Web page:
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Samsung, Micron Warn China’s Xian Lockdown Could Affect Memory Chip Manufacturing

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By Reuters | Updated: 30 December 2021

Samsung Electronics and Micron Technology, two of the world’s largest memory chip makers, warned that a COVID-19 lockdown in the Chinese city of Xian could affect their chip manufacturing bases in the area.

Micron said on Wednesday the lockdown could lead to delays in the supply of its DRAM memory chips, which are widely used in data centres.

It said the stringent restrictions, which went into effect earlier this month, may be increasingly difficult to mitigate and had resulted in thinner staffing levels at its manufacturing site.

Samsung Electronics also said on Wednesday that it will temporarily adjust operations at its Xian manufacturing facilities for NAND flash memory chips, used for data storage in data centres, smartphones and other tech gadgets.

Chinese officials have imposed tough curbs on travel within and leaving Xian from December 23, in line with Beijing’s drive to immediately contain outbreaks as they appear.

“We are tapping our global supply chain, including our subcontractor partners, to help service our customers for these DRAM products,” Micron said in a blog post.

“We project that these efforts will allow us to meet most of our customer demand, however there may be some near-term delays as we activate our network,” the company said.

Micron added that it was working to minimize the risk of virus transmission and had employed measures including physical distancing and on-site testing and was encouraging vaccination.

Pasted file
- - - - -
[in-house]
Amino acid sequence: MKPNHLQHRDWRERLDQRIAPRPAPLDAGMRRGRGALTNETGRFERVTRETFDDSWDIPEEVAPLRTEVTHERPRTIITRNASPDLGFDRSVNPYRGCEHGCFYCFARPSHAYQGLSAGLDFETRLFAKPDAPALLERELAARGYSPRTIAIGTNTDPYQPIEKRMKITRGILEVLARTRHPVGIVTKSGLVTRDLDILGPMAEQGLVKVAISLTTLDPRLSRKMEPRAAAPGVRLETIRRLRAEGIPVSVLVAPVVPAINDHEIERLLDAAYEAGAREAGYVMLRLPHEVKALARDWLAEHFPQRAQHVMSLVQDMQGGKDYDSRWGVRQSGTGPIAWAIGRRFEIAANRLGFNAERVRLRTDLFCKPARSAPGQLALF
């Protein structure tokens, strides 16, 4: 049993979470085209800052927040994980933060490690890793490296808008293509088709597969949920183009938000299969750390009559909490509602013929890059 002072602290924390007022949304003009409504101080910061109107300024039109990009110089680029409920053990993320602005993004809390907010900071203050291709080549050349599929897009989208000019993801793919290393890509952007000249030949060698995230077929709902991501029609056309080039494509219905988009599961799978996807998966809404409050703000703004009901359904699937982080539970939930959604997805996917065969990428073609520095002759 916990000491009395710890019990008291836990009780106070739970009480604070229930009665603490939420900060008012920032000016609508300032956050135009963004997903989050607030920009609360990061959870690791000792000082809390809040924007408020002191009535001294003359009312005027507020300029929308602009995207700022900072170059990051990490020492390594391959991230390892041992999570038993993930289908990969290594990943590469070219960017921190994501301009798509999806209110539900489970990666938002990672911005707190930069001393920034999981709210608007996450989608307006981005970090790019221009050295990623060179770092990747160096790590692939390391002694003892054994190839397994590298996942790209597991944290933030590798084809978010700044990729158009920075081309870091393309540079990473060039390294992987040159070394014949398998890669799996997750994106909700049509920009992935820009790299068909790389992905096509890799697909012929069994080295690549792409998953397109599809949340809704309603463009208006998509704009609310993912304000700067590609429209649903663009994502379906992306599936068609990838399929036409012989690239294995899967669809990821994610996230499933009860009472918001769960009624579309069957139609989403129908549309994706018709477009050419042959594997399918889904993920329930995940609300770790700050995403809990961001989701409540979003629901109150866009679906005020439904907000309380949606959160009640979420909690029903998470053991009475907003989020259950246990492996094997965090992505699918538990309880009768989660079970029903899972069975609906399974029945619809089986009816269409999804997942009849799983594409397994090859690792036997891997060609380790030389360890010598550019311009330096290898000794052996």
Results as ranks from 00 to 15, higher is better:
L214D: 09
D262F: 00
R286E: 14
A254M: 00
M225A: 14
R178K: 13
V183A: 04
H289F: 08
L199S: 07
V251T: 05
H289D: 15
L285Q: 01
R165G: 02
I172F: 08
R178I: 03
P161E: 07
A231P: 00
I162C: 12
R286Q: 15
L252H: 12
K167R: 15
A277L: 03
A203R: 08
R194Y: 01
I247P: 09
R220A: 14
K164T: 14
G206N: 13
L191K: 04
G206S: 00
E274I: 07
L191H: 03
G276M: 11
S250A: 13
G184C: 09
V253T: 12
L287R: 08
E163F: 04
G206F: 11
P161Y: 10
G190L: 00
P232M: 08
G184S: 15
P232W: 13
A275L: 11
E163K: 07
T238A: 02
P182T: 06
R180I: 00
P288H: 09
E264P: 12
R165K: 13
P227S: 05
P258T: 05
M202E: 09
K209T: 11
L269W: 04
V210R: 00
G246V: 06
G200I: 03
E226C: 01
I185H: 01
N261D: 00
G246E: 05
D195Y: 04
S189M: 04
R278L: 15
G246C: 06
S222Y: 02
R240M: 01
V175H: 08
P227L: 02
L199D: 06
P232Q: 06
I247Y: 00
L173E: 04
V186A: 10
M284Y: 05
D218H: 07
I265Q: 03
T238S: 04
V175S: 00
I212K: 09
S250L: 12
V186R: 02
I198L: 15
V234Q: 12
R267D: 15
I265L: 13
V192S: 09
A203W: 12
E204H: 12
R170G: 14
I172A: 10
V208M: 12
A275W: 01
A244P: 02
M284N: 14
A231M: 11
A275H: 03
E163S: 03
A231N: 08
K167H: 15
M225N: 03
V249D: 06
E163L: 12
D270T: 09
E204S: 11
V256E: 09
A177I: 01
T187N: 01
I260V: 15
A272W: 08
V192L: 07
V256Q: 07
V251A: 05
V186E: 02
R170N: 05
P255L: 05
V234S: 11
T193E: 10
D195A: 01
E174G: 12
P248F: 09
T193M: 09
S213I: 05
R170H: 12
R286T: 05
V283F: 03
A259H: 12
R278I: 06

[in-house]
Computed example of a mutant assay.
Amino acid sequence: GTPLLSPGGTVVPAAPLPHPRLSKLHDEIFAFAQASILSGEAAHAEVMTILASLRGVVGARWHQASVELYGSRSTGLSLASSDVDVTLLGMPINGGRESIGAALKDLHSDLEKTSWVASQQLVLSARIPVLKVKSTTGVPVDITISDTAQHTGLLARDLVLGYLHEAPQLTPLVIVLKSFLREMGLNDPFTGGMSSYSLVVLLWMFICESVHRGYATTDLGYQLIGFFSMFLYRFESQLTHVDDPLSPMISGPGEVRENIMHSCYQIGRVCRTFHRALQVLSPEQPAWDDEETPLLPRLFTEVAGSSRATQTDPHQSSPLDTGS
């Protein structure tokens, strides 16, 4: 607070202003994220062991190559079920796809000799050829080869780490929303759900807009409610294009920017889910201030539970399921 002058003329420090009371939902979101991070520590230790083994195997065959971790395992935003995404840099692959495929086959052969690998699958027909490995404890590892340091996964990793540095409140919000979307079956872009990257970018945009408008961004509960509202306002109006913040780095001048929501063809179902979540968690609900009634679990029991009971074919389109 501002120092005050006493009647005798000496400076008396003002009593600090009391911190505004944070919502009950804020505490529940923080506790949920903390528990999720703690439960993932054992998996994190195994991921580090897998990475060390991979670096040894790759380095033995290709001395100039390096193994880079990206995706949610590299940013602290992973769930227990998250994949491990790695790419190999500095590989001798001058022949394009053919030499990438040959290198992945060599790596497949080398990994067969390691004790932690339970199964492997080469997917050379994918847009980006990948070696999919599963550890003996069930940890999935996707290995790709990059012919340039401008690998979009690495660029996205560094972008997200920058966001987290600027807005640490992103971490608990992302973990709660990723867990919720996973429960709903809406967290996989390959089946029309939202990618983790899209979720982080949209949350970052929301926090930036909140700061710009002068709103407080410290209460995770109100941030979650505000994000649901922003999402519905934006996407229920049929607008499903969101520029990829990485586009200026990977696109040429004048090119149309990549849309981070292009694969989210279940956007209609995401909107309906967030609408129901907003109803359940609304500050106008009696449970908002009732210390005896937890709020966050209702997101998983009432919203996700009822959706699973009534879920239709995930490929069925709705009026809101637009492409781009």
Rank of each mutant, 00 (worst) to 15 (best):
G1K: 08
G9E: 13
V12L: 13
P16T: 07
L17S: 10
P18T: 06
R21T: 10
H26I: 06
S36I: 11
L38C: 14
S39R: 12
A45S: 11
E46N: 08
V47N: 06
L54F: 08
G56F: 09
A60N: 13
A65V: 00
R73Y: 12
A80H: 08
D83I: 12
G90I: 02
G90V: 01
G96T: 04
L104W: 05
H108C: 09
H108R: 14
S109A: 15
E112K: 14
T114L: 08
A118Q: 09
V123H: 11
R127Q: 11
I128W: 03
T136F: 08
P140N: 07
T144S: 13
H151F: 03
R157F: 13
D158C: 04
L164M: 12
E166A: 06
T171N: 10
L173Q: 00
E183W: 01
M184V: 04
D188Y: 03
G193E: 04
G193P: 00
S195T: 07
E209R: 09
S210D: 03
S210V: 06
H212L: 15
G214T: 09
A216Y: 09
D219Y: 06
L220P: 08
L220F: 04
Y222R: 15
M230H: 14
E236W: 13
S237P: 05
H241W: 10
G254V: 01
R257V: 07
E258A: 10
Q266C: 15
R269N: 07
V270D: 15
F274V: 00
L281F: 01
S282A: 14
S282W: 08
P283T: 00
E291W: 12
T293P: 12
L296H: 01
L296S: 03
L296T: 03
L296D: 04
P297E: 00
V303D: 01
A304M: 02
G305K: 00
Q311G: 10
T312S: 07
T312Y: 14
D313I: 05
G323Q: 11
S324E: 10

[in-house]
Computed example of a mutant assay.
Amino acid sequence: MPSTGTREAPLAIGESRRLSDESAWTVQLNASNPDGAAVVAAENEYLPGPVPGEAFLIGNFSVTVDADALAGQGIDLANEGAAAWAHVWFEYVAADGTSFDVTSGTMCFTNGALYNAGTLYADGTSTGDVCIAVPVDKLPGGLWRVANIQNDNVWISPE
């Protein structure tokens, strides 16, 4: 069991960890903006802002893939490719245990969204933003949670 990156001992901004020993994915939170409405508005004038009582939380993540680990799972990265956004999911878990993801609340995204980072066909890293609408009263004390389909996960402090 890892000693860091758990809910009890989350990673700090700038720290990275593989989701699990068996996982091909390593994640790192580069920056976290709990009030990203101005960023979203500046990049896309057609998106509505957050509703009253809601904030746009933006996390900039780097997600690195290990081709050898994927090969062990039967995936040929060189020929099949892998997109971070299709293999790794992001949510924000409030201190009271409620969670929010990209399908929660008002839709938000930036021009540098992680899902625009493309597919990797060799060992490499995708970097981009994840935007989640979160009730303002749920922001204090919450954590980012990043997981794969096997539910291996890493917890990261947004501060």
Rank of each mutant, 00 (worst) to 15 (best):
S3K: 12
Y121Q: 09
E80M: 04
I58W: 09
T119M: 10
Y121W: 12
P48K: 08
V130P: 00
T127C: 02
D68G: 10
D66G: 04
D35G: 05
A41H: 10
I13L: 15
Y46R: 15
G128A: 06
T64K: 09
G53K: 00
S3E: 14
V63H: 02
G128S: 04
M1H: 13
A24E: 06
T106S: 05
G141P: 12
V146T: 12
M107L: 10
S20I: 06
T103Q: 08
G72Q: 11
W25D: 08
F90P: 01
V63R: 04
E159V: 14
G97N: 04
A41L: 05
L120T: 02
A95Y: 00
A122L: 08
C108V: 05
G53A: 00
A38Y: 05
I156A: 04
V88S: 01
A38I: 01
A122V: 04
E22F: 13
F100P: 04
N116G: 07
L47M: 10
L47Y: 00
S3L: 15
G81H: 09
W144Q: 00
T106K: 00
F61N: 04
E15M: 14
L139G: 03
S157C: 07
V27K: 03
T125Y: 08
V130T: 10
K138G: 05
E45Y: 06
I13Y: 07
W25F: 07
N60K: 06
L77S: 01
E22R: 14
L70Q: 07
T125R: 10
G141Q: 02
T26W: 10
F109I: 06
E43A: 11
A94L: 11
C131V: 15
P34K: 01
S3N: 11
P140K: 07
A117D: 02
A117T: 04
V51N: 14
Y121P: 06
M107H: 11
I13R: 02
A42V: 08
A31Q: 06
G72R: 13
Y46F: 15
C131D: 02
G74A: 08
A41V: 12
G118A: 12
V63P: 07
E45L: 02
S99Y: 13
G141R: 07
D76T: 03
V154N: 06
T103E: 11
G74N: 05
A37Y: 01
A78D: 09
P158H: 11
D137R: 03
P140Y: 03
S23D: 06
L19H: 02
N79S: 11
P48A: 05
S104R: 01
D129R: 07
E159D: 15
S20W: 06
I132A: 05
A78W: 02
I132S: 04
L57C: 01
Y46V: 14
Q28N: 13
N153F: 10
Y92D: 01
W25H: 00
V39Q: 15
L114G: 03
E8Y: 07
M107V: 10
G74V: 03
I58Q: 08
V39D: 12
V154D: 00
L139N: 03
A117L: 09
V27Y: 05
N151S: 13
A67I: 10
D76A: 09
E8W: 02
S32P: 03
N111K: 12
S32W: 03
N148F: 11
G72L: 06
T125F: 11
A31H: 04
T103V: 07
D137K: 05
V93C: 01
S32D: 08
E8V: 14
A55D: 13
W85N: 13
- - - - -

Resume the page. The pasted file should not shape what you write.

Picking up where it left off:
Samsung has two production lines in Xian making advanced NAND Flash products, which account for 42.5 percent of its total NAND flash memory production capacity and 15.3 percent of the overall global output capacity, according to analysis provider TrendForce.

Seoul-based analysts said chips made in Samsung’s Xian NAND plant would mainly go to the China market with limited shipments to overseas destinations, and some of the biggest demand for the kind of chips made in the plant would come from Chinese server companies.

Samsung said in a late October earnings call that it had entered the July-September quarter with low inventory of NAND chips, and intended to normalise inventory level during that quarter. It is expected to announce October-December earnings results in January.

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Chip Shortage Study Details Set to Be Released by US Amid Funding Push

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By Reuters | Updated: 25 January 2022

The US Commerce Department is expected to soon release details from a study of semiconductor chips it conducted last year amid a push to win funding to boost US manufacturing from Congress.

In September, the department asked semiconductor chip manufacturers and other companies in the supply chain to voluntarily submit data amid a shortage of chips that has curtailed auto production around the world.

The department has said it received cooperation but has not yet released details. Automakers and chips manufacturers have warned the supply shortages could last until least 2023.